Working at home? Protect your back with these exercises
And their effect lasts three times longer than a typical muscle-strengthening exercise programme
Just in time for a lockdown that will leave millions of office workers hunched over their laptops at the dining room table for hours on end, scientists have come up what they claim to be the best set of exercises for managing lower back pain.
With a significant portion of the global population about to spend weeks working from makeshift home offices, Dr Irina Kliziene from Kaunas University of Technology in Lithuania said lower back pain could be the next epidemic.
As luck would have it, Kliziene and her colleague, Saule Sipaviciene, have just published the results of research on 70 volunteers which found that a range of Pilates-based exercises that can be done at home are not only efficient in diminishing the non-specific lower back pain, but their effect lasts three times longer than a typical muscle-strengthening exercise programme.
“Positive effects ... lasted for four weeks after the application of the lumbar muscle-strengthening exercise programme and for 12 weeks after the application of lumbar stabilisation exercise programme,” they said in the journal Clinical Biomechanics.
“The lumbar muscle strength increased and lasted for eight weeks after both exercise programmes.”
Even before lockdown, said Liziene, lower back pain was reaching epidemic proportions. “Although it is usually clear what is causing the pain and its chronic nature, people tend to ignore these circumstances and are not willing to change their lifestyle,” she said.
“Lower back pain usually fades away by itself. However, the chances of the recurring pain are very high.”
Kliziene and colleagues designed a set of stabilisation exercises aimed at strengthening the muscles which support the spine in the lumbar (lower back) area.
The programme includes static and dynamic exercises. The static positions are held for between six and 20 seconds, and each exercise should be repeated between eight and 16 times.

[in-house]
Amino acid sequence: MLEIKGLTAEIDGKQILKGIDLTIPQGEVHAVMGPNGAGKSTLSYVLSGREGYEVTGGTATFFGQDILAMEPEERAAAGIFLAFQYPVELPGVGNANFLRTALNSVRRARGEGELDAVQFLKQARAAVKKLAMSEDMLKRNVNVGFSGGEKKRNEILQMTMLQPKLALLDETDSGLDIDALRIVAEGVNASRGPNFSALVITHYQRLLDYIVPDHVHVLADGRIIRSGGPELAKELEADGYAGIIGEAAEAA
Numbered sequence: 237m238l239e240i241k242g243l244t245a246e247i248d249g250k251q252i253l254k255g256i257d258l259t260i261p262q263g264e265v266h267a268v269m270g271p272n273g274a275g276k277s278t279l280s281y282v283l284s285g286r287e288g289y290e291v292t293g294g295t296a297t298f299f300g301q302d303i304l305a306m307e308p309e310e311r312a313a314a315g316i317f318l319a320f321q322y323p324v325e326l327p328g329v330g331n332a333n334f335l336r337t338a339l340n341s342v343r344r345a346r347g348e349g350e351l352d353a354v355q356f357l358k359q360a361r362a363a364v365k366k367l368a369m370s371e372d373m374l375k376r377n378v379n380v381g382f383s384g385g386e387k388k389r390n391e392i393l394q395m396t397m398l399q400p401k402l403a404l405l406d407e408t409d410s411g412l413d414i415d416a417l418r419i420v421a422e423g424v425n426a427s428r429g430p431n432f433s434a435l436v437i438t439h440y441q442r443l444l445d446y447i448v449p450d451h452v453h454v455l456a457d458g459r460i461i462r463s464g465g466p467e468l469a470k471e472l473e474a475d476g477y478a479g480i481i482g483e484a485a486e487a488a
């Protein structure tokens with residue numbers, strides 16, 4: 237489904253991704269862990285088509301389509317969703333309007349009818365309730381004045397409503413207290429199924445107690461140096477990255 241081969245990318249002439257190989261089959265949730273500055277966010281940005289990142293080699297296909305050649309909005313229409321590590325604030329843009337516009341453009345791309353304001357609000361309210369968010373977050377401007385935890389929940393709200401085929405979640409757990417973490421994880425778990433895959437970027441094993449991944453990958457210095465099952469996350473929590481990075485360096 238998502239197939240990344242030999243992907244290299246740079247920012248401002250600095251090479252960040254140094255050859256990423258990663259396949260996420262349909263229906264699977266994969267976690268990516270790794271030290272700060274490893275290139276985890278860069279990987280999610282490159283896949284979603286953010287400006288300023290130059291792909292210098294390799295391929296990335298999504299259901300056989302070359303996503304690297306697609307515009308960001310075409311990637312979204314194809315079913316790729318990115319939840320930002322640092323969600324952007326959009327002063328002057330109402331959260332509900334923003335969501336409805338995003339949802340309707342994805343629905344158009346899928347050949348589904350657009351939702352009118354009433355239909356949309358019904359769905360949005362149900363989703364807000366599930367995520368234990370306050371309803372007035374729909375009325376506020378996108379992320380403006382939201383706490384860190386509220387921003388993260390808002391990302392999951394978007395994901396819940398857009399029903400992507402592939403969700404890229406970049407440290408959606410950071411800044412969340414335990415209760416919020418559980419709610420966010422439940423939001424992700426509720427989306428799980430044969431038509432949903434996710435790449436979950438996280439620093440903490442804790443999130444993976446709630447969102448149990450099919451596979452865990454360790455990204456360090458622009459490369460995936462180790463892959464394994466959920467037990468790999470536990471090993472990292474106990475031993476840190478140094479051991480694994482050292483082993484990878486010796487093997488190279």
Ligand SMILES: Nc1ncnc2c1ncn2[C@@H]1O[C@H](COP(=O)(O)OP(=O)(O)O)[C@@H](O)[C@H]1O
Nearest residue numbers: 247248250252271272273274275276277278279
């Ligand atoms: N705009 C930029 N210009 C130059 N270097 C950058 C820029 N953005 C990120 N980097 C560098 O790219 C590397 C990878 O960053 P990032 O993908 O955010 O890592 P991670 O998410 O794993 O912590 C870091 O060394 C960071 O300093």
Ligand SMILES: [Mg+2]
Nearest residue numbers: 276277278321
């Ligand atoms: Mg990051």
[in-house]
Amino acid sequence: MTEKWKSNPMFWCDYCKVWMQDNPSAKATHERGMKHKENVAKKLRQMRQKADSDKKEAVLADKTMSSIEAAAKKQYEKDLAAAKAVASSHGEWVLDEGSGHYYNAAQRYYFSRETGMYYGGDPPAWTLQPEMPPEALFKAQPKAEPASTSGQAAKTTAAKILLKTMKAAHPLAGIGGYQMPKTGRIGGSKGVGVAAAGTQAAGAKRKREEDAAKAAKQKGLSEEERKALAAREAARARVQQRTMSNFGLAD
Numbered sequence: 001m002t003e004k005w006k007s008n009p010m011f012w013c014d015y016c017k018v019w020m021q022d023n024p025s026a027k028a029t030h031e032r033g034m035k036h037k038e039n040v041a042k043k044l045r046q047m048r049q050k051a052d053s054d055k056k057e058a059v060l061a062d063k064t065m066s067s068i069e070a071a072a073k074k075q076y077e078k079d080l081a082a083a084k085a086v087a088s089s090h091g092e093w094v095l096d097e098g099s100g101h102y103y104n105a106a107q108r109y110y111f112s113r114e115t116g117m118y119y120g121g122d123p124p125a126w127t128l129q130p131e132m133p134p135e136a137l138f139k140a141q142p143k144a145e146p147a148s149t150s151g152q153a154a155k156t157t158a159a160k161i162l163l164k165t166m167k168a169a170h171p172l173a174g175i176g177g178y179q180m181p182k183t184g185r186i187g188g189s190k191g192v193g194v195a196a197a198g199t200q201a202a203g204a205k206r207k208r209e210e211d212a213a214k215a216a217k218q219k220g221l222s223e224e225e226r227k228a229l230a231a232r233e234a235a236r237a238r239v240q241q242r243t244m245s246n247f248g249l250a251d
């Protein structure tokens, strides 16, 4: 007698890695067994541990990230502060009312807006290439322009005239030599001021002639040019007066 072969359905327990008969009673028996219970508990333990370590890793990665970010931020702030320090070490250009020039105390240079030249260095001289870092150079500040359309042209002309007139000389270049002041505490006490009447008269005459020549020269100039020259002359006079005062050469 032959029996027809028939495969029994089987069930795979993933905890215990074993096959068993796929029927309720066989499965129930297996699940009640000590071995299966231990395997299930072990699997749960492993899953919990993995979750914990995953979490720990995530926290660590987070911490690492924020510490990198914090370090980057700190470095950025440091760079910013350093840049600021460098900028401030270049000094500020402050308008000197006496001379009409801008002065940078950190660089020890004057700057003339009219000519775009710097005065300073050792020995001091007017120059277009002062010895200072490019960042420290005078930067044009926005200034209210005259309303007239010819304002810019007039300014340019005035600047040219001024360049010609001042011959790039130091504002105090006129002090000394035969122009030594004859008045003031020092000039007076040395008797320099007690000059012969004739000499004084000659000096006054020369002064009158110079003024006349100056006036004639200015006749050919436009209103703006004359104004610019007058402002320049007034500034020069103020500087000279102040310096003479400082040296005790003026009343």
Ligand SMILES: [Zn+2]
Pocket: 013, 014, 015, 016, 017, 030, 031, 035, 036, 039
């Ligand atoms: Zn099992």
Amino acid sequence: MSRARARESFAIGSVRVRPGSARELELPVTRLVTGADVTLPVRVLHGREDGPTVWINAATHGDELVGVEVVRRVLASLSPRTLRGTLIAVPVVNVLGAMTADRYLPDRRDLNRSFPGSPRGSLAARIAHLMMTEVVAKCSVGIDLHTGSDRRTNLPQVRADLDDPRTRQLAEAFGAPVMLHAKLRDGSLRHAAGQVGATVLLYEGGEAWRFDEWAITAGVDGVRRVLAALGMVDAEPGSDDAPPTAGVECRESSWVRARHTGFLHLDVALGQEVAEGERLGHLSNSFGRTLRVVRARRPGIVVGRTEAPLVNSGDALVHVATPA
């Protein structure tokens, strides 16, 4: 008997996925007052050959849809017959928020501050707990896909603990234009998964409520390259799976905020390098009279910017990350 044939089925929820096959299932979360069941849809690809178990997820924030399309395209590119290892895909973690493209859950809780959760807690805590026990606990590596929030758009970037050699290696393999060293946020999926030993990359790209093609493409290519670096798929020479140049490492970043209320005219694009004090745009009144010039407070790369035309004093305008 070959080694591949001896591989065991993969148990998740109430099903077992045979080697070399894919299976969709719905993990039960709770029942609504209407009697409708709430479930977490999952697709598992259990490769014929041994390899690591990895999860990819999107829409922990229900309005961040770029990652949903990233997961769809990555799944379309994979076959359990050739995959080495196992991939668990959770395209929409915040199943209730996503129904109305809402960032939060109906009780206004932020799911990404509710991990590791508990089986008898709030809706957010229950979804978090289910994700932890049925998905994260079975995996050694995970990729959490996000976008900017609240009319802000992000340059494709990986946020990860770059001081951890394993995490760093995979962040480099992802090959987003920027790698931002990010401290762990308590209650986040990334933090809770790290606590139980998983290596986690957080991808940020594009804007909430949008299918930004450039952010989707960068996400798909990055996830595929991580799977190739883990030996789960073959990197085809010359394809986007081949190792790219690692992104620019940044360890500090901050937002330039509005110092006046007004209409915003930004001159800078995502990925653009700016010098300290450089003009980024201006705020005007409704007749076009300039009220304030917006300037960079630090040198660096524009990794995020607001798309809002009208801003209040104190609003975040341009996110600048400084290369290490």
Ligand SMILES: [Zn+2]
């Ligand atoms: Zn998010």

Seventy female volunteers were randomly enrolled either to the lumbar stabilisation programme or to a typical muscle-strengthening programme. Both groups exercised twice a week for 45 minutes. Over the 20 weeks of the experiment, ultrasound scanning of the muscles was carried out.
Within four weeks, the multifidus muscle – one of the key lower back muscles – had grown in the stabilisation group, and after 20 weeks its growth was statistically significant. The same change was not observed in the strengthening group.
Although both sets of exercises eliminated lower back pain and strengthened the lumbar muscles, the effect of stabilisation exercises lasted 12 weeks – three times as long as the strengthening programme.
“There are only a handful of studies which have directly compared the efficiency of stabilisation exercises against other exercises in eliminating lower back pain,” said Kliziene.
“However, there are studies proving that after a year, lower back pain returned only to 30% of people who have completed a stabilisation exercise programme, and to 84% of people who haven’t taken these exercises. After three years these proportions are 35% and 75%.”
The World Health Organisation says lower back pain is among the top 10 diseases and injuries that are decreasing quality of life worldwide.
It estimates that non-specific lower back pain is experienced by 60% to 70% of people in industrialised societies. It is the leading cause of activity limitation and work absence throughout much of the world.
Chronic lower back pain, which starts from long-term irritation or nerve injury, also affects the emotions, fuelling anxiety, bad mood and depression.